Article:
Sources of Ambiguity
Kotter and Cohen (2002) note that most people do not handle big changes well and thus when going through a transition, they tend to make mistakes that are predictable as they have not been in a similar situation before. Organizations are usually complex and unpredictable, which makes it hard to implement a new system smoothly without challenges (Bolman and Deal 2008).
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One of the sources of ambiguity is ‘We are not sure who is supposed to do what’. In this source of ambiguity, the roles are not clearly defined and there is disagreement about what each one is required to do and when. The staff turnover is also a problem as things keep on shifting as in the case of Procter and Gamble following the adaptation of a new system.
For a chance to be successful in an organization, despite any challenges that might occur, all the employees should take up roles to support the change during the process of transition. If they are not receptive, the change may not be successful. Role description and role play in the implementation of the change were the main problems that led to the failure of the new system at Procter and Gamble. A new system usually comes with a change of roles for the employees within an organization and it is natural to resist.
The pros and cons of using the ”Pockets” Model
The pockets approach was considered as a way of solving the ambiguity problem since the employees who can successfully implement a new system in an organization are not necessarily among the top executive. The pockets model is where individuals in a specific place of work come up with a way in which they can run their department in a different way it is done in the rest of the organization. They develop a better way of achieving their objectives and apply it in their area of work although previously these employees have been viewed to be against the organization yet these ideas are what form the pockets of change and should be embraced (Butcher and Atkinson 2000).
In some instances, these different ways of doing things may serve as a breakthrough for the organization. In managing the role issue, employees can be given an environment where they try and solve the problem on their own. They can be allowed to distribute their roles in their way or allocate roles on a rotator basis. This method can be used to solve the uncertainty problem on who is required to do what while these pockets could later be adopted by the institution.
Some of the pros of the pocket approach are that it will be more acceptable to the employees since the change is initiated by fellow employees and therefore it is easier for the others to adapt to the change. They might have also witnessed the department who implemented it first and since they performed well, other employees would also perform well if the change is implemented.
The division of roles and responsibilities will come from the employees and they will feel more obliged to accomplish their roles unlike when they receive orders from top management, although it will take time for these pocket ideas to spread within the organization. This will not be viewed directly as a change but as a better way of doing things. Therefore, by the time it is implemented in the whole organization, most people will have adapted to it and they will not challenge its implementation.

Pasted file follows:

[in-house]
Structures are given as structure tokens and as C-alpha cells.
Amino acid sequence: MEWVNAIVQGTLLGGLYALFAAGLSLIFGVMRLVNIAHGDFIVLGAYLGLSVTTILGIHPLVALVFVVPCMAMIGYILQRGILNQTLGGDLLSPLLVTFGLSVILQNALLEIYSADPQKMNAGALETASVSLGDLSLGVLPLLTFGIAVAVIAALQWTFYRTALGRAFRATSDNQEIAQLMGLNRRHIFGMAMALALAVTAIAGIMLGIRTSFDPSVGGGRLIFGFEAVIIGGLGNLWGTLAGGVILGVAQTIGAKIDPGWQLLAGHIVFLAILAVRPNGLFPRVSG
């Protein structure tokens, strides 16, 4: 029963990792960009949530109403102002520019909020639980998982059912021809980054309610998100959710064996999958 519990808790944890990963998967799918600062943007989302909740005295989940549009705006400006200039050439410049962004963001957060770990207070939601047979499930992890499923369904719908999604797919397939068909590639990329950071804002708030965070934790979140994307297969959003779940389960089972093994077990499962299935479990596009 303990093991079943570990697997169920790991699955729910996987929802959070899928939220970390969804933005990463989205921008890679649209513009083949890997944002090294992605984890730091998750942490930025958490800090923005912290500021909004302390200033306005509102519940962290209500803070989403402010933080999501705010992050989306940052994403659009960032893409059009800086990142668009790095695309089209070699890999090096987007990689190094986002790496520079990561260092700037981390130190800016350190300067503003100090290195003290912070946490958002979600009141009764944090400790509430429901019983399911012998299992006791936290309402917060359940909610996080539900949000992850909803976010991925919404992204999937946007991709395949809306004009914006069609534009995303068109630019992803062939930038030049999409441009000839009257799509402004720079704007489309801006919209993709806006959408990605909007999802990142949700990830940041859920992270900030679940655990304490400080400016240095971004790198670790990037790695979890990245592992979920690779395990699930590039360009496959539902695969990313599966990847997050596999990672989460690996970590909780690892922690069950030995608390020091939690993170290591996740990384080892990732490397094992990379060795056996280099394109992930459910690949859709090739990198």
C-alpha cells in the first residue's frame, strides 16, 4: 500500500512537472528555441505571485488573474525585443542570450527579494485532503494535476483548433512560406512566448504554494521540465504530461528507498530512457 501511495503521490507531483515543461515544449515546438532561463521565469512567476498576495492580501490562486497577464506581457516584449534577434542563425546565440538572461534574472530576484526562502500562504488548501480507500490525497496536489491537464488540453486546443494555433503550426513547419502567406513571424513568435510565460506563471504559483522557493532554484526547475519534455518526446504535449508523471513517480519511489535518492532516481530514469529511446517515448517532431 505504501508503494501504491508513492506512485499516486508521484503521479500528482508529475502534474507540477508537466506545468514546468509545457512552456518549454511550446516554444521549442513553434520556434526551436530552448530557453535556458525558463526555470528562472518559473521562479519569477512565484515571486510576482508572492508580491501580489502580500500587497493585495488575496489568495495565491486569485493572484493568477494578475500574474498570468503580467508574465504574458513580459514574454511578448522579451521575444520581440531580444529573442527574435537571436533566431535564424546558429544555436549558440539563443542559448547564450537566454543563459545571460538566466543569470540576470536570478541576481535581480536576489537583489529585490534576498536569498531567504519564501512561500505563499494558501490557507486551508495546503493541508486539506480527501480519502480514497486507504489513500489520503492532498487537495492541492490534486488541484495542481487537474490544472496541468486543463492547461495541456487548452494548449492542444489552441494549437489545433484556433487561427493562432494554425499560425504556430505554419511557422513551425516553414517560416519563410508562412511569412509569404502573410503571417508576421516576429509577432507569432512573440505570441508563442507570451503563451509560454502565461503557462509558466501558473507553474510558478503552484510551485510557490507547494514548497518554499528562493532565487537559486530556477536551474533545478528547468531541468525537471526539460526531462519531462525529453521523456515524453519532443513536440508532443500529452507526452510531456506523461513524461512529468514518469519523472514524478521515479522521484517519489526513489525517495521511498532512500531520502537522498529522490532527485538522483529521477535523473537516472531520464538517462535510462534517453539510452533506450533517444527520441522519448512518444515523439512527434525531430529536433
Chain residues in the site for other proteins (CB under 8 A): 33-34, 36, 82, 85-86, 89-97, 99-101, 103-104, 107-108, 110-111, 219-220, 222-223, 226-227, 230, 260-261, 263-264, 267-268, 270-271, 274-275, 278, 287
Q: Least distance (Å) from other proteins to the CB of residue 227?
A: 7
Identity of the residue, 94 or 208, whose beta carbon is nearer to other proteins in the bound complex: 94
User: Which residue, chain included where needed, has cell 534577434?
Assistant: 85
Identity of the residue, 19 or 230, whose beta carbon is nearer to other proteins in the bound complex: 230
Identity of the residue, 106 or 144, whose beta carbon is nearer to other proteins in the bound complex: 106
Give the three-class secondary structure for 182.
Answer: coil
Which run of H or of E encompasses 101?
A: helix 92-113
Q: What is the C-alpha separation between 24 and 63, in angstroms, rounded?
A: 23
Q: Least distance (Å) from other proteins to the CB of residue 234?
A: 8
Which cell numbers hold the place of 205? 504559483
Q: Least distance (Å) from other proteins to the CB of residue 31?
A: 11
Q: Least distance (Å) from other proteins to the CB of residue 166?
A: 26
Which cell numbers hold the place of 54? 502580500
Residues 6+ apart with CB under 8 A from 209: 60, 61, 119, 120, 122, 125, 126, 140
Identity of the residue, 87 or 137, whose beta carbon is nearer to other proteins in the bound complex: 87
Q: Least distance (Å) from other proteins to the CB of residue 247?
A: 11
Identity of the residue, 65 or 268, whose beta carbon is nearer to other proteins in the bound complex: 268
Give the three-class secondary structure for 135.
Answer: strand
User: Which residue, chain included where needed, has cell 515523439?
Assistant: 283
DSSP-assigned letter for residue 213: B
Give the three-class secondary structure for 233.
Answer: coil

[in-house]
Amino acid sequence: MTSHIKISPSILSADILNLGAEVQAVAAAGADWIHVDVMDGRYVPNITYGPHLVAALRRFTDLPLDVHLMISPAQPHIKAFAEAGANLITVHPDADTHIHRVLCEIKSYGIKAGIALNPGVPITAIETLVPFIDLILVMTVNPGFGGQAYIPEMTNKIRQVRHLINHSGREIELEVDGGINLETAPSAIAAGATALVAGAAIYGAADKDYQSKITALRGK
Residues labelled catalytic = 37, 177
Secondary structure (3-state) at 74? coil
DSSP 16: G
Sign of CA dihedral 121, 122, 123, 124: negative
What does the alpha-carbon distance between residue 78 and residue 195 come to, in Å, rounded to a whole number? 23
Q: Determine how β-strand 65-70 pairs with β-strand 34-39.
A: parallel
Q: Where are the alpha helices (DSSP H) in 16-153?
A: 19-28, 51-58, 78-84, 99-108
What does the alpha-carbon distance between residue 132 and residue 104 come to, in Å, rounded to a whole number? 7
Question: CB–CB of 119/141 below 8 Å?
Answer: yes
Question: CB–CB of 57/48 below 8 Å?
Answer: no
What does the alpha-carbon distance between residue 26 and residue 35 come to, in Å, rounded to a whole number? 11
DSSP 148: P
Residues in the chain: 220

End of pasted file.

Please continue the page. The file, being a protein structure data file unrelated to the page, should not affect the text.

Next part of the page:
The cons are that once the pockets are taken up by the management and are to be implemented by them, they will be viewed as a top-down and not bottom-up approach. It is likely to face resistance from employees in the organization. The management will also be required to put in more efforts to determine which of the pockets used across the organization are ideal and they will have to choose and implement the few that meet the organization’s goals and objectives.
Allowing the employees to decide how the roles are divided among them may also pose a problem since they may not balance the work appropriately and some people may be overworked while others may be underworked. The way they will decide on who is most suited to perform which role may not be in line with the organizational requirements of assigning responsibility. They may give responsibility to people who they like the most at the expense of those who are best suited for the role. Thus, for the change of the system to be successful, the right employees should play the right roles.
This approach will also cost the organization a lot of time and money. The employees may take longer to come up with solutions and to effectively implement them since a lot of working hours and money may be lost before a strategy is agreed upon. This is unlike when there is a directive from the top which is just implemented. The pockets of change may take long to spread to a big organization like Procter and gamble and it may also lower the quality of goods and services offered.
In implementing this approach, different departments will have different ways of doing things unlike when there is a standardized approach that is adhered to by everyone. The standardized approach ensures quality is maintained across the organization more so since the company has invested in many countries and has employees from different cultures.
Bolman, G. & Deal, E. (2008). Reframing organizations: Artistry, choice, and leadership. San Francisco, CA: Jossey-Bass.
Butcher, D. & Atkinson, S. (2000). The bottom-up principle. Management Review, 89(1), 48-53.
Kotter, J. & Cohen, D. (2002). The heart of change: Real-life stories of how people change their organizations. Boston, MA: Harvard Business School Press.